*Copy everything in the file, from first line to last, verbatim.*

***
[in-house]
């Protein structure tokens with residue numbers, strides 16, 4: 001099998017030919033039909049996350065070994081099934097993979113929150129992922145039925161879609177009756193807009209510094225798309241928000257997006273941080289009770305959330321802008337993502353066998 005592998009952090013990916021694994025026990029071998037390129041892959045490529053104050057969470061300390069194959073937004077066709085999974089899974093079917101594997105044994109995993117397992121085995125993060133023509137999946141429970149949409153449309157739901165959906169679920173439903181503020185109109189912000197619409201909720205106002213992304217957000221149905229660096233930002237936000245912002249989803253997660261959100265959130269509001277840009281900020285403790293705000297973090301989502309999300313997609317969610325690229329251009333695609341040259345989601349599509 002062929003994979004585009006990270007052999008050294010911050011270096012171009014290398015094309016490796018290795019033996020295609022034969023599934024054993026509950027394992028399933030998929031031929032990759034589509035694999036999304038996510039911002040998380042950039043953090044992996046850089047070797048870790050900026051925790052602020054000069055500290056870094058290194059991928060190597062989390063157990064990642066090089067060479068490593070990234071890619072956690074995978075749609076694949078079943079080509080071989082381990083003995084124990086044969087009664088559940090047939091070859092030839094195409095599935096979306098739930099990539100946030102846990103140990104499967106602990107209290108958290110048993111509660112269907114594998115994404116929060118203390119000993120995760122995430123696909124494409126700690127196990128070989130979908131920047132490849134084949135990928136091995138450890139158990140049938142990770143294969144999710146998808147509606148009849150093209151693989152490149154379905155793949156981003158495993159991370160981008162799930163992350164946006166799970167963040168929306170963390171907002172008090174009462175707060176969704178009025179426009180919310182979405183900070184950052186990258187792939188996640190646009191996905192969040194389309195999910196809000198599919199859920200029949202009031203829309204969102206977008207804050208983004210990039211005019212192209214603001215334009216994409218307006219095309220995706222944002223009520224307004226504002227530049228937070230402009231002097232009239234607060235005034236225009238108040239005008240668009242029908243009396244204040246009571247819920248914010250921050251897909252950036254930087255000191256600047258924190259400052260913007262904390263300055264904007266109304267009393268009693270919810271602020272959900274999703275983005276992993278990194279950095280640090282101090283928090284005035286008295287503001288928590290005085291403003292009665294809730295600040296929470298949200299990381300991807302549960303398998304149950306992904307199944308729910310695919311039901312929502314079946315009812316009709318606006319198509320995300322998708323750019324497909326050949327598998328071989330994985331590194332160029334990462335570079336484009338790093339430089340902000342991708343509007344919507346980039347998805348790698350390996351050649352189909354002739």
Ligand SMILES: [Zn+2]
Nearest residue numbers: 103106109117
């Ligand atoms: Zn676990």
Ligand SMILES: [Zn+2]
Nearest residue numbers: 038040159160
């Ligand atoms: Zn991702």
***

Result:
[in-house]
């Protein structure tokens with residue numbers, strides 16, 4: 001099998017030919033039909049996350065070994081099934097993979113929150129992922145039925161879609177009756193807009209510094225798309241928000257997006273941080289009770305959330321802008337993502353066998 005592998009952090013990916021694994025026990029071998037390129041892959045490529053104050057969470061300390069194959073937004077066709085999974089899974093079917101594997105044994109995993117397992121085995125993060133023509137999946141429970149949409153449309157739901165959906169679920173439903181503020185109109189912000197619409201909720205106002213992304217957000221149905229660096233930002237936000245912002249989803253997660261959100265959130269509001277840009281900020285403790293705000297973090301989502309999300313997609317969610325690229329251009333695609341040259345989601349599509 002062929003994979004585009006990270007052999008050294010911050011270096012171009014290398015094309016490796018290795019033996020295609022034969023599934024054993026509950027394992028399933030998929031031929032990759034589509035694999036999304038996510039911002040998380042950039043953090044992996046850089047070797048870790050900026051925790052602020054000069055500290056870094058290194059991928060190597062989390063157990064990642066090089067060479068490593070990234071890619072956690074995978075749609076694949078079943079080509080071989082381990083003995084124990086044969087009664088559940090047939091070859092030839094195409095599935096979306098739930099990539100946030102846990103140990104499967106602990107209290108958290110048993111509660112269907114594998115994404116929060118203390119000993120995760122995430123696909124494409126700690127196990128070989130979908131920047132490849134084949135990928136091995138450890139158990140049938142990770143294969144999710146998808147509606148009849150093209151693989152490149154379905155793949156981003158495993159991370160981008162799930163992350164946006166799970167963040168929306170963390171907002172008090174009462175707060176969704178009025179426009180919310182979405183900070184950052186990258187792939188996640190646009191996905192969040194389309195999910196809000198599919199859920200029949202009031203829309204969102206977008207804050208983004210990039211005019212192209214603001215334009216994409218307006219095309220995706222944002223009520224307004226504002227530049228937070230402009231002097232009239234607060235005034236225009238108040239005008240668009242029908243009396244204040246009571247819920248914010250921050251897909252950036254930087255000191256600047258924190259400052260913007262904390263300055264904007266109304267009393268009693270919810271602020272959900274999703275983005276992993278990194279950095280640090282101090283928090284005035286008295287503001288928590290005085291403003292009665294809730295600040296929470298949200299990381300991807302549960303398998304149950306992904307199944308729910310695919311039901312929502314079946315009812316009709318606006319198509320995300322998708323750019324497909326050949327598998328071989330994985331590194332160029334990462335570079336484009338790093339430089340902000342991708343509007344919507346980039347998805348790698350390996351050649352189909354002739």
Ligand SMILES: [Zn+2]
Nearest residue numbers: 103106109117
């Ligand atoms: Zn676990």
Ligand SMILES: [Zn+2]
Nearest residue numbers: 038040159160
């Ligand atoms: Zn991702």